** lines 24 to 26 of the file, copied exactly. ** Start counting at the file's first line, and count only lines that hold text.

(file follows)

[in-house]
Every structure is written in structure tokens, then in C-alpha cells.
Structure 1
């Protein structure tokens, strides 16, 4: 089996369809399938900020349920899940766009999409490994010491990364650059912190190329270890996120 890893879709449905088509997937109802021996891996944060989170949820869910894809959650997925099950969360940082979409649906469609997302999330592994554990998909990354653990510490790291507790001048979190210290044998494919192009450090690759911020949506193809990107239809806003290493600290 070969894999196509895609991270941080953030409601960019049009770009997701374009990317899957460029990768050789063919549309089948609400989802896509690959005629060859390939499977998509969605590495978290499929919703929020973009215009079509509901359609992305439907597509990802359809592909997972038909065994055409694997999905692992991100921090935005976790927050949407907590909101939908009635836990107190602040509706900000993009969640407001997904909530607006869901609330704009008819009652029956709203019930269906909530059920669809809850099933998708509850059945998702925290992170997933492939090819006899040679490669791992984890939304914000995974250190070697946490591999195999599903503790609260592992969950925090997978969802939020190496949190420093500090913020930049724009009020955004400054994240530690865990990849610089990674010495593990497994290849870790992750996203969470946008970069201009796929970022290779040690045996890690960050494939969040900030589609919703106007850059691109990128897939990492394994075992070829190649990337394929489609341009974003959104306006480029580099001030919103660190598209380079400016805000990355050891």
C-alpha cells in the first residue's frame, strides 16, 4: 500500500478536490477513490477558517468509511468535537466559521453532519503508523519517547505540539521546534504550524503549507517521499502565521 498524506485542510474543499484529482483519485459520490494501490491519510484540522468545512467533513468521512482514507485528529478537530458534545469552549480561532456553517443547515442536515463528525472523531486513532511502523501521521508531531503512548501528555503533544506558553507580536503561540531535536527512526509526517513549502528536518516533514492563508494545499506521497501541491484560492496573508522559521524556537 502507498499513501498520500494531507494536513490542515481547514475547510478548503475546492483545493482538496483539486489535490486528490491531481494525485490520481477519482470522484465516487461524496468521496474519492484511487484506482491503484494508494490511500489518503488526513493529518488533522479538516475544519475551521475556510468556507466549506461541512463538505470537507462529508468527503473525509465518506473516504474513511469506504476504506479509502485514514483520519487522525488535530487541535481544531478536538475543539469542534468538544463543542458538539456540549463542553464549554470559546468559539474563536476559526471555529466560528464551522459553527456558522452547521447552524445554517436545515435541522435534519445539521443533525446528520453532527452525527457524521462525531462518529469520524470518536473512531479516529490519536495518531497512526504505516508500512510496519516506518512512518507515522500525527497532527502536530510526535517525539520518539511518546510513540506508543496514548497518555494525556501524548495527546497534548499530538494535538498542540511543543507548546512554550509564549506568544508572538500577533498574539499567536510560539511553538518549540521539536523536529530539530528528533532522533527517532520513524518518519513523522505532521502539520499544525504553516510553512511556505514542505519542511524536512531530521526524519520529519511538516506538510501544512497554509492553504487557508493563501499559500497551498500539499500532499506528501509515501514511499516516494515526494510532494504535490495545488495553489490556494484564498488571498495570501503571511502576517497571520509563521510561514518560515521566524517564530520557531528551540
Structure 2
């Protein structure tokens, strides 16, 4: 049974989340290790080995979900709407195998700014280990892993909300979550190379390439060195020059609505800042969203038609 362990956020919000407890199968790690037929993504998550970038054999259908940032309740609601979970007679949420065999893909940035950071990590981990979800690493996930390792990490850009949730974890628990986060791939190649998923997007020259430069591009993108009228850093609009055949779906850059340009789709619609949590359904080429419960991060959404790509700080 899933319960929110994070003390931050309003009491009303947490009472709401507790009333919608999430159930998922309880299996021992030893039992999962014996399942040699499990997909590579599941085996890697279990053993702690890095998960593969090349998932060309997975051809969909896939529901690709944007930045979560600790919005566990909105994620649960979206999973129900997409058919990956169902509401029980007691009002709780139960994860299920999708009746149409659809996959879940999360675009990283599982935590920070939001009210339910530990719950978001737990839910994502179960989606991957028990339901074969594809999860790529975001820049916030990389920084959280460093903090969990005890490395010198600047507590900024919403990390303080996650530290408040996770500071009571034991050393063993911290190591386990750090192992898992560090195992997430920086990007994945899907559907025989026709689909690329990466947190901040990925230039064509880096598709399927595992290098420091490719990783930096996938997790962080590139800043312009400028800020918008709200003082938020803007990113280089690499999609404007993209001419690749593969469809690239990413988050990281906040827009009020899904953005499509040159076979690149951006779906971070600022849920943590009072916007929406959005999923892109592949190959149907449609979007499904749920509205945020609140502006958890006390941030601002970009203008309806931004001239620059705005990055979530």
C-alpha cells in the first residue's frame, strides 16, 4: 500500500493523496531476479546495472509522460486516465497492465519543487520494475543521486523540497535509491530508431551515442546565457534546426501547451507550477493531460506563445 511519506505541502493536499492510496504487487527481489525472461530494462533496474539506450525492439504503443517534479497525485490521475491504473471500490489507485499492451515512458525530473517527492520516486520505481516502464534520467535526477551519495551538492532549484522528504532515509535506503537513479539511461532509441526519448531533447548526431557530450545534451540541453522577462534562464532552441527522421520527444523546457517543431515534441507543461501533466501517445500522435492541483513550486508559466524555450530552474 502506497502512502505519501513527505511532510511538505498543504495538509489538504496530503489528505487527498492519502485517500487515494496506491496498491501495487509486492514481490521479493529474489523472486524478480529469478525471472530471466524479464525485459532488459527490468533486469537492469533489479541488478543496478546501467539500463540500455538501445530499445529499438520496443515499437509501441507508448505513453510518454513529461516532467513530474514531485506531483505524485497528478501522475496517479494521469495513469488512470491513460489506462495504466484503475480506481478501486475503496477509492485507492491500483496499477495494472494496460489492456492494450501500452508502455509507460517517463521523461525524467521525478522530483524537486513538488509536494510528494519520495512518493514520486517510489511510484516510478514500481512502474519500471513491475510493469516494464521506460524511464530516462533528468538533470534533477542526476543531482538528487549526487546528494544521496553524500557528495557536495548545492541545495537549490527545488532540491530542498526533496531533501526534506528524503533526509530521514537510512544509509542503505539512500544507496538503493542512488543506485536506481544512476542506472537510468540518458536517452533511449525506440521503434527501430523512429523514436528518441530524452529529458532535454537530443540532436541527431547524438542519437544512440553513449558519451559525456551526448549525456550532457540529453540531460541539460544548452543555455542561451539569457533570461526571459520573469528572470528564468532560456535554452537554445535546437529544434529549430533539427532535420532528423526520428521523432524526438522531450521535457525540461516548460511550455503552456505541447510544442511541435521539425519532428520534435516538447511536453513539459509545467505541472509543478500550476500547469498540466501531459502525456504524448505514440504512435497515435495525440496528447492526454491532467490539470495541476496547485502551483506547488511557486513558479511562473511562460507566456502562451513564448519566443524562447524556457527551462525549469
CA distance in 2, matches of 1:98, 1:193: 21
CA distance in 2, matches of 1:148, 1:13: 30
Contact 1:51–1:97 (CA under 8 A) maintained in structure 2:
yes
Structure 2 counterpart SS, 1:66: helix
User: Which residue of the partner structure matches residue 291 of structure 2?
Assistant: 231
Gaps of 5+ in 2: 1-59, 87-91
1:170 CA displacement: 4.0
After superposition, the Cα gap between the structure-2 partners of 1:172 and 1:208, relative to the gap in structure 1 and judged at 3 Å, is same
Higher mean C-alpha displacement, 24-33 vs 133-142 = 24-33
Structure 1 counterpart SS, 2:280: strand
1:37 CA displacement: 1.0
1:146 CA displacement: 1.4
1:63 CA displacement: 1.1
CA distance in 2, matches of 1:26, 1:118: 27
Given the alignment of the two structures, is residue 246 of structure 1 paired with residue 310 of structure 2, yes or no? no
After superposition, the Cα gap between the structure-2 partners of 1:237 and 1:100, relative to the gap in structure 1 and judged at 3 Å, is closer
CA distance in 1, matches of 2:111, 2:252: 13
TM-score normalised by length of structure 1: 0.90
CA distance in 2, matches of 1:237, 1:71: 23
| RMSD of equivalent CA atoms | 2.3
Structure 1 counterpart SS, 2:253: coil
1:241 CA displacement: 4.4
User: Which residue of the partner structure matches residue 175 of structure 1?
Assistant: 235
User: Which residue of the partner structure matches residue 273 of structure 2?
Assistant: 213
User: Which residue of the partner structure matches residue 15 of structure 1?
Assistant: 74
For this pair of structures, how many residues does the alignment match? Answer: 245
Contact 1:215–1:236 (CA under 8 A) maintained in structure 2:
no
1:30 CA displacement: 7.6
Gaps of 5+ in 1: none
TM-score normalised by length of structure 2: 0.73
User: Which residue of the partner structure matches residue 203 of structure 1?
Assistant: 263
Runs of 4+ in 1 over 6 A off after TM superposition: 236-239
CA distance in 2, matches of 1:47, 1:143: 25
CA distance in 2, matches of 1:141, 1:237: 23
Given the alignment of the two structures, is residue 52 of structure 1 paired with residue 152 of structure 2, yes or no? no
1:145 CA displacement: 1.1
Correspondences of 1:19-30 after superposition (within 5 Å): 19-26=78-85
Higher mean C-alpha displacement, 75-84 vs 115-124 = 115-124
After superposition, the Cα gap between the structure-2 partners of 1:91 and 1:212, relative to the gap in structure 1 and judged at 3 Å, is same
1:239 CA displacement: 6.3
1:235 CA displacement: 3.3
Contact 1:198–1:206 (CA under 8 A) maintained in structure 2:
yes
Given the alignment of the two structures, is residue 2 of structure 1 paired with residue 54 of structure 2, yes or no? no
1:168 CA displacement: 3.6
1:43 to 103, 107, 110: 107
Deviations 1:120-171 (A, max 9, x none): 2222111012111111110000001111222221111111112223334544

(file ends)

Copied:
CA distance in 2, matches of 1:26, 1:118: 27
Given the alignment of the two structures, is residue 246 of structure 1 paired with residue 310 of structure 2, yes or no? no
After superposition, the Cα gap between the structure-2 partners of 1:237 and 1:100, relative to the gap in structure 1 and judged at 3 Å, is closer